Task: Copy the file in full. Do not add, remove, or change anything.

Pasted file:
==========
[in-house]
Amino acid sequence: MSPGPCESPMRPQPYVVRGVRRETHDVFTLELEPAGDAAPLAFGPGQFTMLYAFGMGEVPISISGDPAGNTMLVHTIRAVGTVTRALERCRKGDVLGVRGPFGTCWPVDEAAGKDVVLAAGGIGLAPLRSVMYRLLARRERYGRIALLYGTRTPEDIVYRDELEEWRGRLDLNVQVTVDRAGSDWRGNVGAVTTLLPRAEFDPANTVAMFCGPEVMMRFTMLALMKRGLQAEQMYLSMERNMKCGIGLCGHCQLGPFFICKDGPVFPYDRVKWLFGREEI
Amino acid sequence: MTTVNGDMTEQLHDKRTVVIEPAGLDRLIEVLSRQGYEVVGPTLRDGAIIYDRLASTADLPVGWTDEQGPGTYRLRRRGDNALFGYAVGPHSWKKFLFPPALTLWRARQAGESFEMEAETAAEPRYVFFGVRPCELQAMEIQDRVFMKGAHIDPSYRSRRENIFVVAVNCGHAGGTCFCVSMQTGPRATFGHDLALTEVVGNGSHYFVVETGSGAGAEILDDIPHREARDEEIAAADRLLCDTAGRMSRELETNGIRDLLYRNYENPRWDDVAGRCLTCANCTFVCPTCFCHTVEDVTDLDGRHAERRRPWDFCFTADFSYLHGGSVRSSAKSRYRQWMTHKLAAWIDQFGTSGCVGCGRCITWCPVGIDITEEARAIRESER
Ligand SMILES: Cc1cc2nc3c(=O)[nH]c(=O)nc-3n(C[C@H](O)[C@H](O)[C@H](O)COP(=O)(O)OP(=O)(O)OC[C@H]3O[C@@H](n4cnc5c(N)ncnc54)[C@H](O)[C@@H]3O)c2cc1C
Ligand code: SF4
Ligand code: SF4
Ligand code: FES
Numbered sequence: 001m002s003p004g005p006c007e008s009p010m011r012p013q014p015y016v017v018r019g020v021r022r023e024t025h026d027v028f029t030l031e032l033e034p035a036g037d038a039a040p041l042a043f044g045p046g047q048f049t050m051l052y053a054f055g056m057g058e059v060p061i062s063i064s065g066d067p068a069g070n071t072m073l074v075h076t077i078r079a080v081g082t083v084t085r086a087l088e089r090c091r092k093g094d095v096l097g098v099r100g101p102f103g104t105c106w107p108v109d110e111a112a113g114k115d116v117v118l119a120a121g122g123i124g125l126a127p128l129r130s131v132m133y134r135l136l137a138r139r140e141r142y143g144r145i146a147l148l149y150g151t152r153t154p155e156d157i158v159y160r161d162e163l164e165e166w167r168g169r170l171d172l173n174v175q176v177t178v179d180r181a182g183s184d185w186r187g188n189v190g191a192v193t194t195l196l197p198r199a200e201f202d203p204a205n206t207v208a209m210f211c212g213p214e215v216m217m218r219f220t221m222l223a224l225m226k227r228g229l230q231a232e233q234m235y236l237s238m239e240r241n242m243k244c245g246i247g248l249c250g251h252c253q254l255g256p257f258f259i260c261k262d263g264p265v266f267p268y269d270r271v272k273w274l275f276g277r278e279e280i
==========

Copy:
[in-house]
Amino acid sequence: MSPGPCESPMRPQPYVVRGVRRETHDVFTLELEPAGDAAPLAFGPGQFTMLYAFGMGEVPISISGDPAGNTMLVHTIRAVGTVTRALERCRKGDVLGVRGPFGTCWPVDEAAGKDVVLAAGGIGLAPLRSVMYRLLARRERYGRIALLYGTRTPEDIVYRDELEEWRGRLDLNVQVTVDRAGSDWRGNVGAVTTLLPRAEFDPANTVAMFCGPEVMMRFTMLALMKRGLQAEQMYLSMERNMKCGIGLCGHCQLGPFFICKDGPVFPYDRVKWLFGREEI
Amino acid sequence: MTTVNGDMTEQLHDKRTVVIEPAGLDRLIEVLSRQGYEVVGPTLRDGAIIYDRLASTADLPVGWTDEQGPGTYRLRRRGDNALFGYAVGPHSWKKFLFPPALTLWRARQAGESFEMEAETAAEPRYVFFGVRPCELQAMEIQDRVFMKGAHIDPSYRSRRENIFVVAVNCGHAGGTCFCVSMQTGPRATFGHDLALTEVVGNGSHYFVVETGSGAGAEILDDIPHREARDEEIAAADRLLCDTAGRMSRELETNGIRDLLYRNYENPRWDDVAGRCLTCANCTFVCPTCFCHTVEDVTDLDGRHAERRRPWDFCFTADFSYLHGGSVRSSAKSRYRQWMTHKLAAWIDQFGTSGCVGCGRCITWCPVGIDITEEARAIRESER
Ligand SMILES: Cc1cc2nc3c(=O)[nH]c(=O)nc-3n(C[C@H](O)[C@H](O)[C@H](O)COP(=O)(O)OP(=O)(O)OC[C@H]3O[C@@H](n4cnc5c(N)ncnc54)[C@H](O)[C@@H]3O)c2cc1C
Ligand code: SF4
Ligand code: SF4
Ligand code: FES
Numbered sequence: 001m002s003p004g005p006c007e008s009p010m011r012p013q014p015y016v017v018r019g020v021r022r023e024t025h026d027v028f029t030l031e032l033e034p035a036g037d038a039a040p041l042a043f044g045p046g047q048f049t050m051l052y053a054f055g056m057g058e059v060p061i062s063i064s065g066d067p068a069g070n071t072m073l074v075h076t077i078r079a080v081g082t083v084t085r086a087l088e089r090c091r092k093g094d095v096l097g098v099r100g101p102f103g104t105c106w107p108v109d110e111a112a113g114k115d116v117v118l119a120a121g122g123i124g125l126a127p128l129r130s131v132m133y134r135l136l137a138r139r140e141r142y143g144r145i146a147l148l149y150g151t152r153t154p155e156d157i158v159y160r161d162e163l164e165e166w167r168g169r170l171d172l173n174v175q176v177t178v179d180r181a182g183s184d185w186r187g188n189v190g191a192v193t194t195l196l197p198r199a200e201f202d203p204a205n206t207v208a209m210f211c212g213p214e215v216m217m218r219f220t221m222l223a224l225m226k227r228g229l230q231a232e233q234m235y236l237s238m239e240r241n242m243k244c245g246i247g248l249c250g251h252c253q254l255g256p257f258f259i260c261k262d263g264p265v266f267p268y269d270r271v272k273w274l275f276g277r278e279e280i